Voter ID Law Vindicated
At issue was the constitutionality of the Voter ID Law passed in 2005. It requires persons casting a ballot at polling stations on election day or in advance at the office of the circuit court clerk to furnish government-issued photo identification. Exceptions exist for those who cast absentee ballots, along with those who live in state-licensed nursing homes. Residents with religious objections to having their photo taken for a government ID may cast a provisional ballot and file an affidavit with the circuit court clerk within ten days. A similar exception exists for those who fail to furnish an ID at the polls. Photo ID's are not required for voter registration, yet they are issued free of charge.
The suit was brought by two parties, one led by the Indiana and Marion County Democratic Party, and the other by two elected officials and a host of non-profit organizations. They were consolidated, and argue that the law substantially burdens their right to vote in violation of the 14th Amendment. Moreover, they charge that it is an unnecessary and unsuccessful means of combating alleged fraud, not to mention disenfranchising some and placing an "unjustified burden on those who cannot readily obtain such identification." There were an estimated 43,000 state residents without a state issued license or identification as of 2005.
The majority rejects these arguments, and proceeds to dissect them point-by-point. They refuse to apply a 1966 decision ruling a Virginia poll tax unconstitutional, placing state justifications for the statute alongside the burdens it imposes upon voters. State interests include deterring and detecting voter fraud, cleansing voter rolls of displaced and deceased persons, and safeguarding voter confidence. Fraud, while rarely documented, is deemed a real risk and a threat to throw a close contest. Inflated voter rolls are a similar threat, and the third justification, voter confidence, is held in the highest esteem, for it encourages voter participation in the process.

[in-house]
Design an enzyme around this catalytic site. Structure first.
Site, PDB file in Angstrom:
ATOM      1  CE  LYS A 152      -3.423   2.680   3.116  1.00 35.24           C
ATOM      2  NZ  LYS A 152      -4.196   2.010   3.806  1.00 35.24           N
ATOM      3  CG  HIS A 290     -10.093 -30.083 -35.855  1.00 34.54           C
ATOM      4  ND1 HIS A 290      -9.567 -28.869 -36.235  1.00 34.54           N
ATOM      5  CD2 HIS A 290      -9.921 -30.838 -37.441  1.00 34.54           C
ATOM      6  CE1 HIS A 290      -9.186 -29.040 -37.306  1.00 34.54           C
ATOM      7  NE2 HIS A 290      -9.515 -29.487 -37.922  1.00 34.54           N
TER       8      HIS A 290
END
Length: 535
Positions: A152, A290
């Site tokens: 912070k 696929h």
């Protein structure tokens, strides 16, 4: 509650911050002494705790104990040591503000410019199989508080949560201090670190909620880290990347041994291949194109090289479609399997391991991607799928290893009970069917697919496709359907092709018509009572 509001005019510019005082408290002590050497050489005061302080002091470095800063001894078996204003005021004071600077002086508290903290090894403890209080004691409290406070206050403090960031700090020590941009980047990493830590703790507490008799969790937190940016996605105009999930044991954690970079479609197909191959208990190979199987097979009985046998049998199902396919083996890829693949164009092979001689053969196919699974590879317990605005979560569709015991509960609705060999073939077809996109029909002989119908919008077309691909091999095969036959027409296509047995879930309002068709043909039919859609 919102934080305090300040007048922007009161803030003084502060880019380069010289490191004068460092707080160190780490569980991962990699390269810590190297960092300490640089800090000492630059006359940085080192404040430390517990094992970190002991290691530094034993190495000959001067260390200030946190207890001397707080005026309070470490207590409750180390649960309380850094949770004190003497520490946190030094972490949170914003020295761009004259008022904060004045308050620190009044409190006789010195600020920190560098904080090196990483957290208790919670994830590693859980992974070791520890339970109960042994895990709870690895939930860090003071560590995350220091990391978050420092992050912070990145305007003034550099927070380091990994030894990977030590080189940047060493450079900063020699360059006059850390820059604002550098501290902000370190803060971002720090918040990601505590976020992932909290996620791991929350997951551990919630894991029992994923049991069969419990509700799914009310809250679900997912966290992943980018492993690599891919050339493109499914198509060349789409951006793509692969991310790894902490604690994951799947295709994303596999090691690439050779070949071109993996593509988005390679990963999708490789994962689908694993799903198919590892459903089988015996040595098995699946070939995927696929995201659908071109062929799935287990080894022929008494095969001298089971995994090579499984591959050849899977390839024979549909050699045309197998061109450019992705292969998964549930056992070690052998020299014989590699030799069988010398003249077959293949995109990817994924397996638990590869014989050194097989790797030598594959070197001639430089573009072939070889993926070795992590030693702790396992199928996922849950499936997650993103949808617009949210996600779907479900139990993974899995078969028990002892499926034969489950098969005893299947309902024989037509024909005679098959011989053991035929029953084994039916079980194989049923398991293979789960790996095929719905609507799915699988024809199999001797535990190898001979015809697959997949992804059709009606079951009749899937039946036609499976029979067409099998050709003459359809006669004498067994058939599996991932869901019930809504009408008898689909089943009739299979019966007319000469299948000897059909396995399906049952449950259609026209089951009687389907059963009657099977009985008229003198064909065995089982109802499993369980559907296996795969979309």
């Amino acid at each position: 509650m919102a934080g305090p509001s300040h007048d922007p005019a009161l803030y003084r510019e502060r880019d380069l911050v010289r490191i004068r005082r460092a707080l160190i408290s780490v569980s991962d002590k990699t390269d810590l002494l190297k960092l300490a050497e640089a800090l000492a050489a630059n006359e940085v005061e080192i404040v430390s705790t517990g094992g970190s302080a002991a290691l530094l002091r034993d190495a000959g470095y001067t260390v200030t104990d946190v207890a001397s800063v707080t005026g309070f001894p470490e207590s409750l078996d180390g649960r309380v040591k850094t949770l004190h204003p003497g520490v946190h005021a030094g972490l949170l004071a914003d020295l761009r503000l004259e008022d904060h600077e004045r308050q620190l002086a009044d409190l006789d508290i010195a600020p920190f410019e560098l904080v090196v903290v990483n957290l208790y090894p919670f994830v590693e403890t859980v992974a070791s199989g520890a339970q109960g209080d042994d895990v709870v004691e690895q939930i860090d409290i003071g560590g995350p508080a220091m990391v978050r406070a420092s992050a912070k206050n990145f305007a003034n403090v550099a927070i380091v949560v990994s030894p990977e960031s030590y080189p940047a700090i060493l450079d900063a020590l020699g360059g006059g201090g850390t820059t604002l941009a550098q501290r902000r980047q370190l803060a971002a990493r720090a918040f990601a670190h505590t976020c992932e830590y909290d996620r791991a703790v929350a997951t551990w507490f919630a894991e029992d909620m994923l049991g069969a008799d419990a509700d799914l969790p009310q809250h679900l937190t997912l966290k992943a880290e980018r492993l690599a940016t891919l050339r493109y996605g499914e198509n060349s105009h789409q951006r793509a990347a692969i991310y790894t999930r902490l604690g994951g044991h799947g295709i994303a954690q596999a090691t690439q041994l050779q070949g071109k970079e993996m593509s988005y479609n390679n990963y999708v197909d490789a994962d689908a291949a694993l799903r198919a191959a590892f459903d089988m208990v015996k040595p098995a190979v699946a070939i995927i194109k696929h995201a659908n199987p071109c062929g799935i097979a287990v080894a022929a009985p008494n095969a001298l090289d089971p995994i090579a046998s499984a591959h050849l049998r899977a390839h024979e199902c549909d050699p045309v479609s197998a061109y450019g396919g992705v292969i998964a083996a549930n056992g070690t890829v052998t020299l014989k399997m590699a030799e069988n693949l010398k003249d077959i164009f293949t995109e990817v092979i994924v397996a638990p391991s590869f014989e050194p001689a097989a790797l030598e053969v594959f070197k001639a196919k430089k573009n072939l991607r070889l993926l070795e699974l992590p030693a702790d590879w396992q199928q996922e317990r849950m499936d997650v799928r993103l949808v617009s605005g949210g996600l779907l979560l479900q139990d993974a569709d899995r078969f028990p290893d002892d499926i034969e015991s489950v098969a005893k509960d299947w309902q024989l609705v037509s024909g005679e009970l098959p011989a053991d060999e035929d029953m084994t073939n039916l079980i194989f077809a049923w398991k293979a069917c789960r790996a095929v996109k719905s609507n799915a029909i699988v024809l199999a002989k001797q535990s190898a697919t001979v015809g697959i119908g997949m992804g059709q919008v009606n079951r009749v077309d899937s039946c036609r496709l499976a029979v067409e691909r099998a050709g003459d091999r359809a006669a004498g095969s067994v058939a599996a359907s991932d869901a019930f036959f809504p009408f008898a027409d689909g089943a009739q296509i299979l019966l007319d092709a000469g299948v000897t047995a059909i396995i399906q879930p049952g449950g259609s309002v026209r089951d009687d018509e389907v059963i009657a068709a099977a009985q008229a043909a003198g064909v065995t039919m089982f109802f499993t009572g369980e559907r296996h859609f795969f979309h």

For those without state-issued ID's, the majority find that the burden of obtaining one is not substantial. Stevens deals with a looming objection near the end of his opinion, namely that this statute is a Republican-inspired trick to reduce Democratic turnout, as those without ID's are disproportionately members of demographic groups that tend to favor the Democratic Party. While not dismissing partisan intentions, the majority once more affirms the legitimacy of the law on grounds of "neutral and sufficiently strong" justifications.
Justice Scalia concurs with the judgment, but fears that the majority opens a Pandora's box for future litigation in federal courts, at once dismissing the petitioners' premise as "irrelevant" and the burden imposed by the Voter ID Law "minimal and justified." Applying past precedent, Scalia concludes that "burdens are severe if they go beyond the merely inconvenient." He thus defers to states to govern their own elections short of imposing "a severe and unjustified overall burden upon the right to vote."
Justice Souter takes the majority to task, arguing that the burdens imposed by the Indiana law is indeed severe and unjustified, specifically the "significant percentage...of individuals...likely to be deterred from voting." These burdens include travel costs associated with obtaining a new ID, not to mention fees associated with acquiring a mandated birth certificate or passport. Together they would fall disproportionately on "the poor, the old, and the immobile." Souter concludes that Indiana's law is one of the most restrictive in the country. Justice Breyer, in his own dissent, doesn't shed much additional light on the case other than to hold up laws in Florida and Georgia as less restrictive means of pursuing similar ends.
Given the green light the Supreme Court gave for voter identification requirements, the ruling is likely to have ramifications elsewhere. For example, Wisconsin's state legislature passed similar legislation three times, but met the governor's veto in each instance. Republicans in the state legislature vow to continue pushing this agenda item.
Given that next Tuesday's contest in Indiana is central to only the Democrats, disenfranchisement or deterrence attributed to the statute isn't likely to have a meaningful impact, although we have witnessed significant demographic differences between Sens. Clinton and Obama in the nominating contests to date. However, come fall, if the habitually "red" Hoosier State is in play, the Voter ID Act may make it crimson.